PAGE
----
Myrna Loy (1905-1993)
- Nita Naldi, Cobra, 1925. She was in the Grauman's Chinese Theatre chorus in LA when tested by Valentino. Luckily, she missed this embarrassing boxing number. Valentino's wife, Natasha Rambova, got her into What Price Beauty, 1925.
- May McAvoy, Ben-Hur, 1925. She tested for the Virgin. MGM production chief Irving Thalberg put her back in the chorus among the Roman senators' mistresses. Within seven years, he gave her an Metro contract. And promptly wasted her until The Thin Man, 1934. When Clark Gable was voted Hollywood's King in 1937, Loy was Queen. And Thalberg was dead.
- Olga Baclanova, Freaks, 1931. Director Tod Browning saw Loy as Cleopatra, the who marries a freak show boss show for his money and is ultimately mutilated and disfigured. She found the script offensive. Browning then introduced Olga to his supporting cast of Nature’s mistakes: real bearded ladies, bird girls, hermaphrodites, human skeletons, midgets, pinheads, Siamese twins “Be brave,” said Browning, “and don’t faint like the first time I show you. You have to work with them.” Olga found that extremely difficult. “Every night I felt that I am sick. Because I couldn't look at them. And then I was so sorry for them... it hurt me like a human being.”
- Claudette Colbert, It Happened One Night, 1934. Director Frank Capra was under the impression that "stars were dying to get into my pictures." Not Myrna. And "Papa" Mayer unctuously backed her. "You know I never asked one of my little girls to play a part she don't want," said the MGM boss LB Mayer. He offered Clark Gable, instead. "Louie, suppose he don't like the script?" "Herschel, this is Louis Mayer talking. I'm telling you to take Gable!" For the first time, Gable was able to play himself, what Capra called "the fun-loving, boyish, attractive, he-man rogue," And the Oscar goes to...
- Mona Maris, Viva Villa, 1933. Once Jack Conway took over from Howard Hawks after actor Lee Tracy’s allegedly pissed on the Revolution Day parade in Mexico, several Hawksian actors were dropped, including Maris as Teresa. Also tested to replace her were Dorothy Burgess, Lila Lee, Carmel Myers.
- Movita, Mutiny on the Bounty, 1934. In September 1934, Daily Variety reported Loy was first choice for the Tahitian leading lady. Movita’s role was played by Tarita in the 1961 re-make, opposite the Tahiti-loving Marlon Brando. He married both and had a son and daughter with each of them
- Luise Rainer, Escapade, 1934. MGM shelled out $100,000 for the rights to the Austrian film, Maskerade. All forHelen Hayes. Who then became Loy. An unhappy Loy. MGM started arguing over her contractual status. Idem for Loy - about her role. She felt woefully miscast as a “sobbing and giggling girl.” Bad timing! The first example of Joseph L Mankiewicz directing in Hollywood had happened - shooting a test of the distinguished German stage star who had fled Hitler’s Germany for LA. And so, Loy was out and Luise was in her Hollywood debut opposite the “very fine” William Powell. He taught her subtleties of acting for cameras. She learned fast, becoming the first actress to win successive Oscars. “Nothing worse could have happened to me,” she said on thereby becoming the first notable victim of The Oscar Curse.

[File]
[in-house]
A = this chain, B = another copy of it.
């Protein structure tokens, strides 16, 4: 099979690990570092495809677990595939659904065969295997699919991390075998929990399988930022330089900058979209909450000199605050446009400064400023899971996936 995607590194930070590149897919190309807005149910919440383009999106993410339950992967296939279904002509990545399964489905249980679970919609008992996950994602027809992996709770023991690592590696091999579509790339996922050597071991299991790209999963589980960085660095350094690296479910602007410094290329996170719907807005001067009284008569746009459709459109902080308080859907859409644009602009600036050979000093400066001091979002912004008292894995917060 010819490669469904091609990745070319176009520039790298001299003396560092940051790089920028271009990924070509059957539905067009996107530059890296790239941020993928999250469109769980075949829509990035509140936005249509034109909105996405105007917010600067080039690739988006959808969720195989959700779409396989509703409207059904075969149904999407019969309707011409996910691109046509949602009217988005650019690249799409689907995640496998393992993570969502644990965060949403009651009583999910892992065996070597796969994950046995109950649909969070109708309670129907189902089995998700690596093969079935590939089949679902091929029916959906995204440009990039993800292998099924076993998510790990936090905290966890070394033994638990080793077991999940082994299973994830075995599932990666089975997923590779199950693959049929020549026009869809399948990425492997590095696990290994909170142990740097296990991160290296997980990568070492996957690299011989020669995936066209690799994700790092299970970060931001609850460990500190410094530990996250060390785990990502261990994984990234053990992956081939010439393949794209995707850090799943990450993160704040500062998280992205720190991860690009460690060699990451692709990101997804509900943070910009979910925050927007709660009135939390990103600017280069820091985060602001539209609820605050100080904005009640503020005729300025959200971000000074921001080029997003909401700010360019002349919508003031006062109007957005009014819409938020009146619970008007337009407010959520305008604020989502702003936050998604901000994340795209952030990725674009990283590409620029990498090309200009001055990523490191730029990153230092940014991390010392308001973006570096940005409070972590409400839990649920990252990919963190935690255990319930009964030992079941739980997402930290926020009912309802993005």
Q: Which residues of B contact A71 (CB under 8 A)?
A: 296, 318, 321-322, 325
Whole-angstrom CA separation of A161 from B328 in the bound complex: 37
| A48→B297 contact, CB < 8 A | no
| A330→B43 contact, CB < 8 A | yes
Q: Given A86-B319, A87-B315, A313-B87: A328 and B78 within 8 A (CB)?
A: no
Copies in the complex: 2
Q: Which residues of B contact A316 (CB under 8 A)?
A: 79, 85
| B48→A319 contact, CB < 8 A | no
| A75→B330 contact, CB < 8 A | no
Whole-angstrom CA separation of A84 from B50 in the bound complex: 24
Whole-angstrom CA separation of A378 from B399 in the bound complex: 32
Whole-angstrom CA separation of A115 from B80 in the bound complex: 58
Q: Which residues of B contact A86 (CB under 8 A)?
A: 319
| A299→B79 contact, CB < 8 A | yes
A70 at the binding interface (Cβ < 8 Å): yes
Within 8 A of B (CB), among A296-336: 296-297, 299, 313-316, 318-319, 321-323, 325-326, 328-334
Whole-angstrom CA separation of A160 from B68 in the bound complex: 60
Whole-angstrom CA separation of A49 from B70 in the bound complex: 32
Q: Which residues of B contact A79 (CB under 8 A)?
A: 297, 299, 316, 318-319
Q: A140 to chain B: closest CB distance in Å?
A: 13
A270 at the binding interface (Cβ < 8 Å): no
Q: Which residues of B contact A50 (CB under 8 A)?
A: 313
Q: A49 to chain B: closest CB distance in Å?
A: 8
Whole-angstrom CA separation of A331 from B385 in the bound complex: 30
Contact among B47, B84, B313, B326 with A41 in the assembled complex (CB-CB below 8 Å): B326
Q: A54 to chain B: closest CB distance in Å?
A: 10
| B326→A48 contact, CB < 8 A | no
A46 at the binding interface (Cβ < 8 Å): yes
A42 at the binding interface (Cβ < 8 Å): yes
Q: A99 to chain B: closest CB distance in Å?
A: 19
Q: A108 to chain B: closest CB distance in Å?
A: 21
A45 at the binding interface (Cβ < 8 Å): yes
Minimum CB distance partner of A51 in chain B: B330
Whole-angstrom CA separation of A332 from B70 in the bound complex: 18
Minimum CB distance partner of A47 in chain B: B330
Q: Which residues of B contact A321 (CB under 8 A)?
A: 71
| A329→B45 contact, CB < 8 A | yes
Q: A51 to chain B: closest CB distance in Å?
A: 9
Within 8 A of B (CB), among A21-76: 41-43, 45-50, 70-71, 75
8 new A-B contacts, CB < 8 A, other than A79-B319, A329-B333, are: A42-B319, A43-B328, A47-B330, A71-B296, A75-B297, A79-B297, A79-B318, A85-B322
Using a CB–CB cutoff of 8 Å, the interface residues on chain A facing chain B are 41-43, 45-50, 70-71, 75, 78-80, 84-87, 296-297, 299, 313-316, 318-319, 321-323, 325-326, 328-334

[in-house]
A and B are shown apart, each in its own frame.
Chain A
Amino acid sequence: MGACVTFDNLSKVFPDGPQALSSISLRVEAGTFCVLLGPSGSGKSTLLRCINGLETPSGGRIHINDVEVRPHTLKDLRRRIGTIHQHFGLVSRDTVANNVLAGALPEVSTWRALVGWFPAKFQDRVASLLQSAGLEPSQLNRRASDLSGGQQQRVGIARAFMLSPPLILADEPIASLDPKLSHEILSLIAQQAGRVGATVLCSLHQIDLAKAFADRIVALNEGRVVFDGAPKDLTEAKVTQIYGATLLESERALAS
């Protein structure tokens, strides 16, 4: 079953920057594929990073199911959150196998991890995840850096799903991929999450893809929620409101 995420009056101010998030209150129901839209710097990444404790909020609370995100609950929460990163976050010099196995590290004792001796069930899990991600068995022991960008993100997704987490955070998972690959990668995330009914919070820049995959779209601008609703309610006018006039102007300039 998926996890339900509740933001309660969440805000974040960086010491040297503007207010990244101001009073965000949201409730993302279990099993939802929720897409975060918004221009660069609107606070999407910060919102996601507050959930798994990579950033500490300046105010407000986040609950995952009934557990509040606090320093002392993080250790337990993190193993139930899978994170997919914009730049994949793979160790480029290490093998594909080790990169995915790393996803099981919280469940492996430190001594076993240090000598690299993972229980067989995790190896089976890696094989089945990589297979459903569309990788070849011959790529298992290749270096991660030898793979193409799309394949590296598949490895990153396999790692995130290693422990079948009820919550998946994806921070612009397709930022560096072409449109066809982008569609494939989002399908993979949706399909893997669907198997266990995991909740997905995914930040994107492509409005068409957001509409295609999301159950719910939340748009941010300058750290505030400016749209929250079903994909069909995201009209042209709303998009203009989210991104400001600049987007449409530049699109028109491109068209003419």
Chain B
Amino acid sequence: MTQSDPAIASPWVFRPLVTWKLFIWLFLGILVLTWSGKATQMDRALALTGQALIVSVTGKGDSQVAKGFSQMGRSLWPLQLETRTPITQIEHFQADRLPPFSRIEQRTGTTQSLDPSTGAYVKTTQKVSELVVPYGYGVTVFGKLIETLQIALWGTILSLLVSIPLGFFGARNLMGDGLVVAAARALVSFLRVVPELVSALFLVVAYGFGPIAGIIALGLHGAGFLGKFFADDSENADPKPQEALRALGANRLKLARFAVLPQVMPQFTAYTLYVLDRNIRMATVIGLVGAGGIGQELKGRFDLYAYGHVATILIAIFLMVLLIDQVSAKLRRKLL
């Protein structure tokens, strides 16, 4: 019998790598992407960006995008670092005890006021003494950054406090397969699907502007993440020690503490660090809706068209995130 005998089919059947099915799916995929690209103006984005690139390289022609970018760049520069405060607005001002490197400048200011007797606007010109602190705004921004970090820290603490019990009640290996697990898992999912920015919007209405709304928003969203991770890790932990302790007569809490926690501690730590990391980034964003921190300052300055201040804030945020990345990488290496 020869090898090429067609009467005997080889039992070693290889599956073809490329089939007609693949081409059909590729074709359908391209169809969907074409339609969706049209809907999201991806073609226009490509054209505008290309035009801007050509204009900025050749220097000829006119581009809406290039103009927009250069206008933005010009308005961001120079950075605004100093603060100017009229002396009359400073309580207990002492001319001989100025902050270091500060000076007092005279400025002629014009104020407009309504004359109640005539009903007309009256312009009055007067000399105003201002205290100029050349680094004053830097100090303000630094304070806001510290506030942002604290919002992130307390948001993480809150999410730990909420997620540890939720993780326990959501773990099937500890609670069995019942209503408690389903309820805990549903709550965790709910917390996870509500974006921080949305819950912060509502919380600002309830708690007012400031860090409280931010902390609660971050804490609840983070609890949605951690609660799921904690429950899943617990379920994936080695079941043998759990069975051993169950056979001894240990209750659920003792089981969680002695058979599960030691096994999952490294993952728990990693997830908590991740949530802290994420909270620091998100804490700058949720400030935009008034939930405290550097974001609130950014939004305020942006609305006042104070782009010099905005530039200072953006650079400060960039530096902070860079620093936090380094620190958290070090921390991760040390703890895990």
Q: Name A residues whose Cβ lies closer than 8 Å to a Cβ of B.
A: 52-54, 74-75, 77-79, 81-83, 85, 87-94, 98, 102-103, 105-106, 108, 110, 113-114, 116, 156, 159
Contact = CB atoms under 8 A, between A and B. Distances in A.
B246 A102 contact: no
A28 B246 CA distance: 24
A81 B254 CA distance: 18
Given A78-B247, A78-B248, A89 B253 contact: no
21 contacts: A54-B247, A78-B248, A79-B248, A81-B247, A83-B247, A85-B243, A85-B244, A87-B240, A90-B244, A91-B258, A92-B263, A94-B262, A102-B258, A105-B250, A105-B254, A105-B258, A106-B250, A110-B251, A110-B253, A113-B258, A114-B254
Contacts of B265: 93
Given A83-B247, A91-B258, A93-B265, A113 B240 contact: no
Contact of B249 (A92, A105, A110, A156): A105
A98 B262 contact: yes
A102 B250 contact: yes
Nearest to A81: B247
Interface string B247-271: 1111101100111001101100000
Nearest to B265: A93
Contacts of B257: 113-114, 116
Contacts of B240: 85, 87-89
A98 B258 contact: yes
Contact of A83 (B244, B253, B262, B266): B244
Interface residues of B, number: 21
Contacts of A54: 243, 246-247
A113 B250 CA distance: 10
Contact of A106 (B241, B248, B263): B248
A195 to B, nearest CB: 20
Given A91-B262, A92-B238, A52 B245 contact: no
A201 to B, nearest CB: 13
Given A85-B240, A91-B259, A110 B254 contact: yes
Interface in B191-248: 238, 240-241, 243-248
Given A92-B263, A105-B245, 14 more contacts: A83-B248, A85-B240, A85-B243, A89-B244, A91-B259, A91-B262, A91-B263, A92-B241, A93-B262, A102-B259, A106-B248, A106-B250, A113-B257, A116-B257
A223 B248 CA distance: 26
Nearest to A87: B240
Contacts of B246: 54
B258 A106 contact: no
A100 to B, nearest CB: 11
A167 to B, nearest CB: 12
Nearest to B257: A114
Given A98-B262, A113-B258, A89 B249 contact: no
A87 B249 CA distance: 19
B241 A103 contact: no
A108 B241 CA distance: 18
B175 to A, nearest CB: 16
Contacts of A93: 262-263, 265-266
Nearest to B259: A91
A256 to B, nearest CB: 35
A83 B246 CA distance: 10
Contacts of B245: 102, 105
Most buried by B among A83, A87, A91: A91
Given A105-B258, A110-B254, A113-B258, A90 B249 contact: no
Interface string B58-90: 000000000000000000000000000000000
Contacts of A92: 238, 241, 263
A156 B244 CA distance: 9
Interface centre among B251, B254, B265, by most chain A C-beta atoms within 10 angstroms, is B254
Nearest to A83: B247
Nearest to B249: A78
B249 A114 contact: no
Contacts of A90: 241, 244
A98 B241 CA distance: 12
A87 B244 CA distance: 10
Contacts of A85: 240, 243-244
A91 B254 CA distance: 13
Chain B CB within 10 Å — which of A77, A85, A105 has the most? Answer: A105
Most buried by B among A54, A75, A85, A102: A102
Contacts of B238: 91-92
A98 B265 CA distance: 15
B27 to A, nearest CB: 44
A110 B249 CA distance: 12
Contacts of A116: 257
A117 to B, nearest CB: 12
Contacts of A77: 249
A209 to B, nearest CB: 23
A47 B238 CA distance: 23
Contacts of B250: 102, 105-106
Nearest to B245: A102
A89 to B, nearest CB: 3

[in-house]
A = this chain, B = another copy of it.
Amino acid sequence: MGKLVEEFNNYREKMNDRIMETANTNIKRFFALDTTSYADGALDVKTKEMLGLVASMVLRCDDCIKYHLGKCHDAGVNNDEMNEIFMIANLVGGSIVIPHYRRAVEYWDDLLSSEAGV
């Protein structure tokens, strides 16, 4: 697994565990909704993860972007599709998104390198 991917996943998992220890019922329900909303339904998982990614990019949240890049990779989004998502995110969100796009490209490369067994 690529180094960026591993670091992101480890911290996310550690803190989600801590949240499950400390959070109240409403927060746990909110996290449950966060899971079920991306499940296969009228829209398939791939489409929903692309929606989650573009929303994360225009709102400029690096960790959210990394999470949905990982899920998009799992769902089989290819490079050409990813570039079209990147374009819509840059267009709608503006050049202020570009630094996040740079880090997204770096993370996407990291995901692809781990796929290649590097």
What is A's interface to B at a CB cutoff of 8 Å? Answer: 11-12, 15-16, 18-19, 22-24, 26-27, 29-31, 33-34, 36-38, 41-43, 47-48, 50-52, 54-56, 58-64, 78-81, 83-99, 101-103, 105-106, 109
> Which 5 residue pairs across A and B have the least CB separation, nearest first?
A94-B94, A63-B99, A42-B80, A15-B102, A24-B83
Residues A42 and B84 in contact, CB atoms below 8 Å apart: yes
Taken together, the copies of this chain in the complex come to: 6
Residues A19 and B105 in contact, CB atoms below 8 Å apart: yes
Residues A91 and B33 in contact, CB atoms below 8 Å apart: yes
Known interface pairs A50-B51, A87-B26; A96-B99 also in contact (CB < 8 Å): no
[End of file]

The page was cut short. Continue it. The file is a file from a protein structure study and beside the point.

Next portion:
- Rosalind Russell, Rendevzous, 1935. Resting from Mr Thin Man, William Powell, Myrna walked out - and in walked The Other Woman from their Evelyn Prentiss murder trial, 1934. "I was always a threat, you see, to all the great women stars of Metro and they certainly were legion."
- Jean Harlow, China Seas, 1935. Clark Gable was still the lead when director Jack Conway was in charge three years earlier. Not Harlow. Or not until Gable-Harlow-Red Dust exploded in 1932.
- Joan Crawford, Love on the Run, 1936. MGM bought the short story, Beauty and the Beat, because it was like a new spin on Clark Gable’s It Happened One Night. Loy and Robert Montgomery were set as the runaway bride and undercover reporter. Then, Jean Harlow and Montgomery, or Harlow and Robert Taylor, and finally: Gable and Crawford… on-off lovers during 30 years and several marriages.
- Ann Sothern, Dangerous Number, 1936. First Loy, then Madge Evans, finally Sothern played the sassy dancer caught between two men. Robert Young and Dean Jagger. Well, to be absolutely factual… two husbands.
- Joan Crawford, The Last of Mrs. Cheyney, 1936. Crawford quit the “boring, pretentious” Parnell script and advised her on-off lover Clark Gable to do the same. He stayed and Loy joined him (becoming King and Queen of Hollywood in Ed Sullivan’s poll) while Crawford took over Loy’s discarded Mrs Cheyney, which proved a bigger success than the Parnell flop - “dull entertainment, ” said Variety.
- Madeleine Carroll, The Prisoner of Zenda, 1936. The mad notion of a Jeannette MacDonald-Nelson Eddy musical version led to Irving Thalberg's crazy casting of the Thin Man couple Myrna-William Powell - cancelled by the shock, early death of MGM production genius at age 37.
- Joan Crawford, The Women, 1938. The film had 150 roles. All for women. Indeed all for MGM women… except Garbo and Loy. Although Loy had been asked to be Crystal Allen – which Crawford turned into a banquet.